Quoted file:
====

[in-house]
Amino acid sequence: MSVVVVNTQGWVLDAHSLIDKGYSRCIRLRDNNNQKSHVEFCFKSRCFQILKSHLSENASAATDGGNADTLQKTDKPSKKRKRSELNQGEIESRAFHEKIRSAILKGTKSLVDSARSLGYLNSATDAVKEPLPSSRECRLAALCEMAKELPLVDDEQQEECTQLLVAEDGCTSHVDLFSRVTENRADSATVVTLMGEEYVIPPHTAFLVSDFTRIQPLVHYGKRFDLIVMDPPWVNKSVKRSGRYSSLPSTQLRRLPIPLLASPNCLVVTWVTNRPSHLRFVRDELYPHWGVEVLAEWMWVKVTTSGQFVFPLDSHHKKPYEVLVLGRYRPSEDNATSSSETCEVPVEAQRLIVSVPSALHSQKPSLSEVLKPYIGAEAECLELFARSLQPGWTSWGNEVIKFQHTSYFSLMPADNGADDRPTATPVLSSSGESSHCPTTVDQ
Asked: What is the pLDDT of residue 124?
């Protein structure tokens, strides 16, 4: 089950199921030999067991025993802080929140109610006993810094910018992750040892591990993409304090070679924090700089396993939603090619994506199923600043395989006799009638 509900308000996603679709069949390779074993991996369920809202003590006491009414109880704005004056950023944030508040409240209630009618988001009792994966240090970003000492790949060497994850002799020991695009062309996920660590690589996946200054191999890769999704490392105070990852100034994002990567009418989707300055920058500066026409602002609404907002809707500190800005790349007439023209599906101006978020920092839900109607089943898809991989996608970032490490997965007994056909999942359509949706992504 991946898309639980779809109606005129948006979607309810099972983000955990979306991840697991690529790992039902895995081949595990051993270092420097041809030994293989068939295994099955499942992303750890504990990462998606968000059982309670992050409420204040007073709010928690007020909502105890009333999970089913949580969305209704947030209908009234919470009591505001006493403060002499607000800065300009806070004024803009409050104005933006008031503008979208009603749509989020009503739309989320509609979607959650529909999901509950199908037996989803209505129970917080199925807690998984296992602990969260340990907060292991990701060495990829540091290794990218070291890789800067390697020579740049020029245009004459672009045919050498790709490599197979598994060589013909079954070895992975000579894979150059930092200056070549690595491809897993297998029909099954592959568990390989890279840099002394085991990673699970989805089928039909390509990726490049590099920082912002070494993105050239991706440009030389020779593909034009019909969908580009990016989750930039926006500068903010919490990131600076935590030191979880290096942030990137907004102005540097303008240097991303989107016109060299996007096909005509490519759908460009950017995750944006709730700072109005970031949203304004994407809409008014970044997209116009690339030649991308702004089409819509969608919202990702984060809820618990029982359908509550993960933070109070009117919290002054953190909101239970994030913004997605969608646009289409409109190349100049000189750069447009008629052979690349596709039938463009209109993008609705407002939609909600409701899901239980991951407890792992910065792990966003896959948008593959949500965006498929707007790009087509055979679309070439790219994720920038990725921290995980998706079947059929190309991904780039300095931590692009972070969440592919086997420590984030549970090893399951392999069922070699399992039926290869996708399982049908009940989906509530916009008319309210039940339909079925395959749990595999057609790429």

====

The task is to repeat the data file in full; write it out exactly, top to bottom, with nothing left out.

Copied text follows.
[in-house]
Amino acid sequence: MSVVVVNTQGWVLDAHSLIDKGYSRCIRLRDNNNQKSHVEFCFKSRCFQILKSHLSENASAATDGGNADTLQKTDKPSKKRKRSELNQGEIESRAFHEKIRSAILKGTKSLVDSARSLGYLNSATDAVKEPLPSSRECRLAALCEMAKELPLVDDEQQEECTQLLVAEDGCTSHVDLFSRVTENRADSATVVTLMGEEYVIPPHTAFLVSDFTRIQPLVHYGKRFDLIVMDPPWVNKSVKRSGRYSSLPSTQLRRLPIPLLASPNCLVVTWVTNRPSHLRFVRDELYPHWGVEVLAEWMWVKVTTSGQFVFPLDSHHKKPYEVLVLGRYRPSEDNATSSSETCEVPVEAQRLIVSVPSALHSQKPSLSEVLKPYIGAEAECLELFARSLQPGWTSWGNEVIKFQHTSYFSLMPADNGADDRPTATPVLSSSGESSHCPTTVDQ
Asked: What is the pLDDT of residue 124?
């Protein structure tokens, strides 16, 4: 089950199921030999067991025993802080929140109610006993810094910018992750040892591990993409304090070679924090700089396993939603090619994506199923600043395989006799009638 509900308000996603679709069949390779074993991996369920809202003590006491009414109880704005004056950023944030508040409240209630009618988001009792994966240090970003000492790949060497994850002799020991695009062309996920660590690589996946200054191999890769999704490392105070990852100034994002990567009418989707300055920058500066026409602002609404907002809707500190800005790349007439023209599906101006978020920092839900109607089943898809991989996608970032490490997965007994056909999942359509949706992504 991946898309639980779809109606005129948006979607309810099972983000955990979306991840697991690529790992039902895995081949595990051993270092420097041809030994293989068939295994099955499942992303750890504990990462998606968000059982309670992050409420204040007073709010928690007020909502105890009333999970089913949580969305209704947030209908009234919470009591505001006493403060002499607000800065300009806070004024803009409050104005933006008031503008979208009603749509989020009503739309989320509609979607959650529909999901509950199908037996989803209505129970917080199925807690998984296992602990969260340990907060292991990701060495990829540091290794990218070291890789800067390697020579740049020029245009004459672009045919050498790709490599197979598994060589013909079954070895992975000579894979150059930092200056070549690595491809897993297998029909099954592959568990390989890279840099002394085991990673699970989805089928039909390509990726490049590099920082912002070494993105050239991706440009030389020779593909034009019909969908580009990016989750930039926006500068903010919490990131600076935590030191979880290096942030990137907004102005540097303008240097991303989107016109060299996007096909005509490519759908460009950017995750944006709730700072109005970031949203304004994407809409008014970044997209116009690339030649991308702004089409819509969608919202990702984060809820618990029982359908509550993960933070109070009117919290002054953190909101239970994030913004997605969608646009289409409109190349100049000189750069447009008629052979690349596709039938463009209109993008609705407002939609909600409701899901239980991951407890792992910065792990966003896959948008593959949500965006498929707007790009087509055979679309070439790219994720920038990725921290995980998706079947059929190309991904780039300095931590692009972070969440592919086997420590984030549970090893399951392999069922070699399992039926290869996708399982049908009940989906509530916009008319309210039940339909079925395959749990595999057609790429």